Estate of George T. Klein, Deceased, Shirley Klein, Personalrepresentative and Shirley Klein, Petitioners-appellees, v. Commissioner of Internal Revenue, Defendant-appellant, 507 F.2d 617 (7th Cir. 1974)Annotate this Case
Scott P. Crampton, Asst. Atty. Gen., Arthur L. Bailey, Atty., Dept. of Justice, Tax Div., Washington, D.C., for defendant-appellant.
Robert M. Weiss, Milwaukee, Wis., for petitioners-appellees.
Before MARIS,* CUMMINGS and PELL, Circuit Judges.
MARIS, Circuit Judge.
This is an appeal by the Commissioner of Internal Revenue from a decision of the Tax Court determining the income tax liability of George T. and Shirley Klein1 for the years 1966, 1967 and 1968. The facts were stipulated and may be summarized as follows:
In 1957 George T. Klein organized Organic Compost Corporation of Wisconsin, with its principal office in Germantown, Wisconsin. Until his death in 1972, Klein was president and sole stockholder of the Wisconsin corporation which was given the authority to make, use and sell organic compost embodying an improved process for which Klein held United States Patent No. 2750269, issued to him in 1956. In december 1959, Organic Compost Corporation of Pennsylvania was formed under the laws of Pennsylvania with its principal office in Oxford, Pennsylvania. In the years 1966, 1967 and 1968, Klein owned 24% Of the issued stock of the Pennsylvania corporation.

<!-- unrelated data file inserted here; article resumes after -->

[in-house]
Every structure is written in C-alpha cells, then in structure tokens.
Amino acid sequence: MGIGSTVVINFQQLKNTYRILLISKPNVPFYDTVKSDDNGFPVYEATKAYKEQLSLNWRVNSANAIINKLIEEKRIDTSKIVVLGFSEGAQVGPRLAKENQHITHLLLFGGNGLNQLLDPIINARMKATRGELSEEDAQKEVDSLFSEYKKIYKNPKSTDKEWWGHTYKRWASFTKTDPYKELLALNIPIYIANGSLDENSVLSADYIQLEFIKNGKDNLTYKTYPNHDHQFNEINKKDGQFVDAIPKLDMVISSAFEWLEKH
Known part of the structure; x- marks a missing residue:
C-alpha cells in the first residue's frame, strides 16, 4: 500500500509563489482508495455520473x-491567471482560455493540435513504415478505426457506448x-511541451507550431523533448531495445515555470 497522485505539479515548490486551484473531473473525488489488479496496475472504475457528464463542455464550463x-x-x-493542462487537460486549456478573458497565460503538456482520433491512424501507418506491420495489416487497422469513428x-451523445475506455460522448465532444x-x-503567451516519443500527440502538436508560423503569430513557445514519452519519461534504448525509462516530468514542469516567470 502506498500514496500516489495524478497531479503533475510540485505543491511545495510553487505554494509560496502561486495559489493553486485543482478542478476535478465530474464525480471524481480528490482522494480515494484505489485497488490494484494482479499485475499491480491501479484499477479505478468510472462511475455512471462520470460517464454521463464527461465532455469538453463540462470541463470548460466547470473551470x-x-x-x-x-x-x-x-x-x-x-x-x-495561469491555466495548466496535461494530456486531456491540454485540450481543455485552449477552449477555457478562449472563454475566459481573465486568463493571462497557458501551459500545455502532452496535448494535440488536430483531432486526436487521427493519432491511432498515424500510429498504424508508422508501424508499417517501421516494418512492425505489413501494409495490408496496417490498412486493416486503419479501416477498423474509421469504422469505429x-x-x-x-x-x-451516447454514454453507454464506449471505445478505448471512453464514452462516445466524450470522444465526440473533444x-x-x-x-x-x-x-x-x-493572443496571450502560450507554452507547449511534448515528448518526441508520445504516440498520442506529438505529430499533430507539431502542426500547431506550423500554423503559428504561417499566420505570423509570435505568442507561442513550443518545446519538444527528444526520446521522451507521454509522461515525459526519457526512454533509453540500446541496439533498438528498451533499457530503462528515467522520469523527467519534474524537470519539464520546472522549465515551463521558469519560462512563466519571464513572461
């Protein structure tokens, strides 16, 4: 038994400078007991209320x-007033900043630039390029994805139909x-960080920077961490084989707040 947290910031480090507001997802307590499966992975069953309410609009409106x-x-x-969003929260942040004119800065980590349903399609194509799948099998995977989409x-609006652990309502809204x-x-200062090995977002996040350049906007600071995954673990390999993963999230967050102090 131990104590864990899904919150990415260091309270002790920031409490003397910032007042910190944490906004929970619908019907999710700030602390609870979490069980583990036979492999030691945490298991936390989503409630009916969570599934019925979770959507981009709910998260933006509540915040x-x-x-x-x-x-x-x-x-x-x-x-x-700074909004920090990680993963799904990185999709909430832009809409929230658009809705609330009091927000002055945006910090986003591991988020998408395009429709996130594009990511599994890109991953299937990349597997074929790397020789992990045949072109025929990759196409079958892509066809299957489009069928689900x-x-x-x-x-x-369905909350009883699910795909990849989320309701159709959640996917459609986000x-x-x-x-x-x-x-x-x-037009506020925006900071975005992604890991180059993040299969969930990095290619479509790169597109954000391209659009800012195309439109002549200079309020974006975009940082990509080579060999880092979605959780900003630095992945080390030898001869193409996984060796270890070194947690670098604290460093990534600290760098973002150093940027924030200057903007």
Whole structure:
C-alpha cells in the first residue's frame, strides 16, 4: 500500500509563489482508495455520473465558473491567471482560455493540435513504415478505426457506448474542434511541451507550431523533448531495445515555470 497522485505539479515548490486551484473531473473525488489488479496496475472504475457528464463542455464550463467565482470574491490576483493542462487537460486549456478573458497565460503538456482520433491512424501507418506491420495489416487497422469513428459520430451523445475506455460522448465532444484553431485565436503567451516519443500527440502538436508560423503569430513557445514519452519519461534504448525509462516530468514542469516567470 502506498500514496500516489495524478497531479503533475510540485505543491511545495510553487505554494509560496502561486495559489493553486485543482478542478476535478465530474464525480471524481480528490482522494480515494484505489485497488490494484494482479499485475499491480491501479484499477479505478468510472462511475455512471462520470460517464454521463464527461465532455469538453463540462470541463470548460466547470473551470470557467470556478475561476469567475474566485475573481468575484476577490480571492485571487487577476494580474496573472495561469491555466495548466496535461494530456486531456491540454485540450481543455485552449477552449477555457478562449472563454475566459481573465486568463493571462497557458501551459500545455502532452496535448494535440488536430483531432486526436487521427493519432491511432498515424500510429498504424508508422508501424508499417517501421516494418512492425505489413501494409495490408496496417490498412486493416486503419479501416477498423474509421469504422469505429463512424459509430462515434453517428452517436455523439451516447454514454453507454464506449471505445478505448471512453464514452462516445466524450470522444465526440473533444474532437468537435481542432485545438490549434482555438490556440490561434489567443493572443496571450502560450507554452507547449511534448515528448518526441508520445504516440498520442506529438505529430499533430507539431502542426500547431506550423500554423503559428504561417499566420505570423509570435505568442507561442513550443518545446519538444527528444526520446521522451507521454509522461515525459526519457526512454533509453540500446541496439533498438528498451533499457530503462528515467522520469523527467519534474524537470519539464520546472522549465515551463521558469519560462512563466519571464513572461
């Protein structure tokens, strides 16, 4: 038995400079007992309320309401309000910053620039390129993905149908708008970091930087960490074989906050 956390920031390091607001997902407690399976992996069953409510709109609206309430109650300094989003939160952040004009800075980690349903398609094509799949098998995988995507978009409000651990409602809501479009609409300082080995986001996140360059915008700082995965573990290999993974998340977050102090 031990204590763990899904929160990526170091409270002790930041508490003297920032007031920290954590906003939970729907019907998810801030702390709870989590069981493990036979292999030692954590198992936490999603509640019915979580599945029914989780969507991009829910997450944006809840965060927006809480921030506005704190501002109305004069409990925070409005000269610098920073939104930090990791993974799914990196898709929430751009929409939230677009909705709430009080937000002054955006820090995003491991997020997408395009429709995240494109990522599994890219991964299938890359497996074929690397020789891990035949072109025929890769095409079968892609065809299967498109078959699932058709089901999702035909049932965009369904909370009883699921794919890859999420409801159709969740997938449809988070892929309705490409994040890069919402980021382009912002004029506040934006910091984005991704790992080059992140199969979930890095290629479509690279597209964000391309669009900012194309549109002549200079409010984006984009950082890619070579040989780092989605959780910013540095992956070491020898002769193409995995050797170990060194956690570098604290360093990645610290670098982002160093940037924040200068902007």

In 1960 Klein entered into an agreement with the Pennsylvania corporation which was, in effect, an assignment of the patent monopoly held by Klein but only as to certain specified eastern states and the District of Columbia. Klein retained the patent rights as to all other areas.2 Under the terms of the agreement with the Pennsylvania corporation the licensee received the exclusive right to make, use and sell organic compost embodying the patented process for the life of the patent, the right to grant sublicenses and the right to bring and maintain suits against infringers in the licensee's own name. The licensor was to receive an annual minimum royalty of $7,500.00 and a percentage, increasing as the dollar volume of sales increased, of the licensee's gross sales of all organic compost embodying the patented process. The licensee agreed to keep records and to make them available for the licensor's inspection. The licensor retained the right to terminate the agreement in the event of the licensee's insolvency, the commission of an act of bankruptcy or the making of an order for compulsory liquidation. The treatment for tax purposes of the royalties received by Klein in the three years in question, pursuant to his agreement with the Pennsylvania corporation, is the subject of the present controversy.